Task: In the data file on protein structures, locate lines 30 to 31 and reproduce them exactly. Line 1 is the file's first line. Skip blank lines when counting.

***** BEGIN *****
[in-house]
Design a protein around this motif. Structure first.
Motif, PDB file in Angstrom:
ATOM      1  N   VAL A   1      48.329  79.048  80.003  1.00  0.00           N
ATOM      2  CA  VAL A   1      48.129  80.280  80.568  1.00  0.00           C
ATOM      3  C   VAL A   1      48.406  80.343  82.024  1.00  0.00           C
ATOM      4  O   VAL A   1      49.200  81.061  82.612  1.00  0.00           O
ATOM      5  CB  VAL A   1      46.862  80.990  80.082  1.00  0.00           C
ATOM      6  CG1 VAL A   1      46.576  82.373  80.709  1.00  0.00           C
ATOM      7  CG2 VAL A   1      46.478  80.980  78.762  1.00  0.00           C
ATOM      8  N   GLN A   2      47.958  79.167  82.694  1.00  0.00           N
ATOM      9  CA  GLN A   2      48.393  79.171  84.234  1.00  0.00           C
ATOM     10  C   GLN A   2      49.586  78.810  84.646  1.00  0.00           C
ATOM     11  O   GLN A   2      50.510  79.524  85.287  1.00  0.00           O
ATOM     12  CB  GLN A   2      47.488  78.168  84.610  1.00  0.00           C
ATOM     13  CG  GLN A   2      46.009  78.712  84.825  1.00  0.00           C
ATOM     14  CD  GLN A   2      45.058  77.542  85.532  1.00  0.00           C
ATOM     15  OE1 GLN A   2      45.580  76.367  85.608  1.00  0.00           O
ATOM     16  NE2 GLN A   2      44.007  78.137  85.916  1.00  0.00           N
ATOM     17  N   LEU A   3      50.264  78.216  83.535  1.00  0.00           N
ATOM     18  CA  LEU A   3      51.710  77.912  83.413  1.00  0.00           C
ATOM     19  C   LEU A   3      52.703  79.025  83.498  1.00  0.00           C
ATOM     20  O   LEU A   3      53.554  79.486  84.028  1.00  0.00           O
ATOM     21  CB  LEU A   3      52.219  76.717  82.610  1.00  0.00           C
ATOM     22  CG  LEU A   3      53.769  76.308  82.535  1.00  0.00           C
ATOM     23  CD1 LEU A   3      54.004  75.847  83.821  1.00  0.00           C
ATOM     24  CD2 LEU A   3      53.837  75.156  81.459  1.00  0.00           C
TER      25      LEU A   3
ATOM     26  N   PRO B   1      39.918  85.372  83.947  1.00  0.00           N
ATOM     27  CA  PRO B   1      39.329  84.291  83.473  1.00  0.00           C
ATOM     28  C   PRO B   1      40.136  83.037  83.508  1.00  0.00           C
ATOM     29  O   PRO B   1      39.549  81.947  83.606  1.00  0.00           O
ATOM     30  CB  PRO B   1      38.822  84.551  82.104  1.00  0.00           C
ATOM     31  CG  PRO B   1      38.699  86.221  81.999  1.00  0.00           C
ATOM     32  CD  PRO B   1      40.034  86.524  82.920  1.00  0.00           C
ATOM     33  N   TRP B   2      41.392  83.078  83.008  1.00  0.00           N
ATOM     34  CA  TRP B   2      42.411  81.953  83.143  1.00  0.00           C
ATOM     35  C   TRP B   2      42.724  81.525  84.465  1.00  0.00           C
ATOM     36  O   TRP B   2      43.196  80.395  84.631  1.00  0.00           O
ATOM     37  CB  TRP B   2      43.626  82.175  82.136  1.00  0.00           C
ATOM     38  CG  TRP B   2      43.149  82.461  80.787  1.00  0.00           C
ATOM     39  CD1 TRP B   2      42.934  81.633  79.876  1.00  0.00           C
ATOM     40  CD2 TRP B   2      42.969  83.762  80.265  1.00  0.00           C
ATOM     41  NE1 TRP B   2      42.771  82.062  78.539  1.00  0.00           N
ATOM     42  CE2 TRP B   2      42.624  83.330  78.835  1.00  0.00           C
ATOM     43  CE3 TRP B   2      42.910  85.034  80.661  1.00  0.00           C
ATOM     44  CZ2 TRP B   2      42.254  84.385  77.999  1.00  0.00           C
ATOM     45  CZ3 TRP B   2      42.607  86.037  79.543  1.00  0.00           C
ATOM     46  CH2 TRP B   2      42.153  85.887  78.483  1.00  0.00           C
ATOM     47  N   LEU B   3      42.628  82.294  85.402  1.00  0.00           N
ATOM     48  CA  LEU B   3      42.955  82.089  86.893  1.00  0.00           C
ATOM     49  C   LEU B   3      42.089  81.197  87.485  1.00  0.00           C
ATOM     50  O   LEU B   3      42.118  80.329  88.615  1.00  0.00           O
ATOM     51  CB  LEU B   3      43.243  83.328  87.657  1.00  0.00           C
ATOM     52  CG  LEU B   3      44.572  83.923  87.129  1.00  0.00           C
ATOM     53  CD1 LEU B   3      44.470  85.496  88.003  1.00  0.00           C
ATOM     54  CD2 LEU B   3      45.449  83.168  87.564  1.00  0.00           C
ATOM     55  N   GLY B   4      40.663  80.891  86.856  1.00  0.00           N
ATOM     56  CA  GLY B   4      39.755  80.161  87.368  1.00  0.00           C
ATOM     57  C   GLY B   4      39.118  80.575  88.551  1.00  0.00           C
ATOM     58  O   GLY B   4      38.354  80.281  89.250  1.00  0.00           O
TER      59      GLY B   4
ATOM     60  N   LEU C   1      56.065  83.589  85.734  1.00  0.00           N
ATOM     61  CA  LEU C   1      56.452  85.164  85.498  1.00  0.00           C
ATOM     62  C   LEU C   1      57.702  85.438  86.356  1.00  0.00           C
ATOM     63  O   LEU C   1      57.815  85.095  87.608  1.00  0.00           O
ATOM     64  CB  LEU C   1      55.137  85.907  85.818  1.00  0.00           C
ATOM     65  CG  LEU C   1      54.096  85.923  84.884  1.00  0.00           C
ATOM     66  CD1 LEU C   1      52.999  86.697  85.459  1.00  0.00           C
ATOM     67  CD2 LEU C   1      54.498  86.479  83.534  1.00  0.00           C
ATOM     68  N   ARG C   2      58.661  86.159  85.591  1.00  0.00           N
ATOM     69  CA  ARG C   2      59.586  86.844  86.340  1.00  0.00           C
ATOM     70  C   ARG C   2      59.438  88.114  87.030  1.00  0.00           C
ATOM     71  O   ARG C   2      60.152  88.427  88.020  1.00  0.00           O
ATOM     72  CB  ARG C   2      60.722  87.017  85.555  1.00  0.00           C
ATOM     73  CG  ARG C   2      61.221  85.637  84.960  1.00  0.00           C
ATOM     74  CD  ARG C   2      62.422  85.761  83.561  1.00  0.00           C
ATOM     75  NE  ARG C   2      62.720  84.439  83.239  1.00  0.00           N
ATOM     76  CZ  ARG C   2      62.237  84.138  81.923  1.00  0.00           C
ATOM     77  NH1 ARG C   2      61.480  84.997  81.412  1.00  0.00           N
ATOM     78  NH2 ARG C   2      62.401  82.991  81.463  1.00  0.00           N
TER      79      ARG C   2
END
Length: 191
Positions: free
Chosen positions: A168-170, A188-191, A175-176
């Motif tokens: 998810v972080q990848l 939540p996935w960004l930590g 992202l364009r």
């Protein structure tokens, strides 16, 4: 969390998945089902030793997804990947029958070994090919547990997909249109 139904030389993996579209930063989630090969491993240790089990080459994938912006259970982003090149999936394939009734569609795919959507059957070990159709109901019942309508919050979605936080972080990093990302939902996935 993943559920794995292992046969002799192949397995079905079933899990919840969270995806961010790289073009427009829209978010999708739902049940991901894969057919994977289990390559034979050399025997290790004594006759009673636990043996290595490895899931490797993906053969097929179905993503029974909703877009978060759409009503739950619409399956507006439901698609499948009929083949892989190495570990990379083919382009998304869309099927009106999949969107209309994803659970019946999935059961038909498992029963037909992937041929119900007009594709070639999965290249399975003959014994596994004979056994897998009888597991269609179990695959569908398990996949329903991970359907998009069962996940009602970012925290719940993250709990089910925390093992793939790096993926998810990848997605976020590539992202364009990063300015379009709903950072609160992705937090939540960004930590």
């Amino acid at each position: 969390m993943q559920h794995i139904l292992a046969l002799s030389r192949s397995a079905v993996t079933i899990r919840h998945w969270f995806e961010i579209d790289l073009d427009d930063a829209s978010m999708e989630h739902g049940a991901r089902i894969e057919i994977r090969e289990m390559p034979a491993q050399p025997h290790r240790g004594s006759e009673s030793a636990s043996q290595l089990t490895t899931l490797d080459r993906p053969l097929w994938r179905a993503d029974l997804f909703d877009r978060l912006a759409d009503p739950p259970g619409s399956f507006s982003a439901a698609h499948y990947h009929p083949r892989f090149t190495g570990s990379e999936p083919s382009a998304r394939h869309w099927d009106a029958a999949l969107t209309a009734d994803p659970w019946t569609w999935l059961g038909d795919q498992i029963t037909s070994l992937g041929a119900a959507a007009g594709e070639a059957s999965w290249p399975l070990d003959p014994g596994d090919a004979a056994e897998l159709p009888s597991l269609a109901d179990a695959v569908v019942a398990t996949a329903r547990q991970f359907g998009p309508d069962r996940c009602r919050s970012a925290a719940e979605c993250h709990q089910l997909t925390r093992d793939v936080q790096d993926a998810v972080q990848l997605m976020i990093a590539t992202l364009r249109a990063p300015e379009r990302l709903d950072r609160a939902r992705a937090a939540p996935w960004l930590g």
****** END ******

ATOM     27  CA  PRO B   1      39.329  84.291  83.473  1.00  0.00           C
ATOM     28  C   PRO B   1      40.136  83.037  83.508  1.00  0.00           C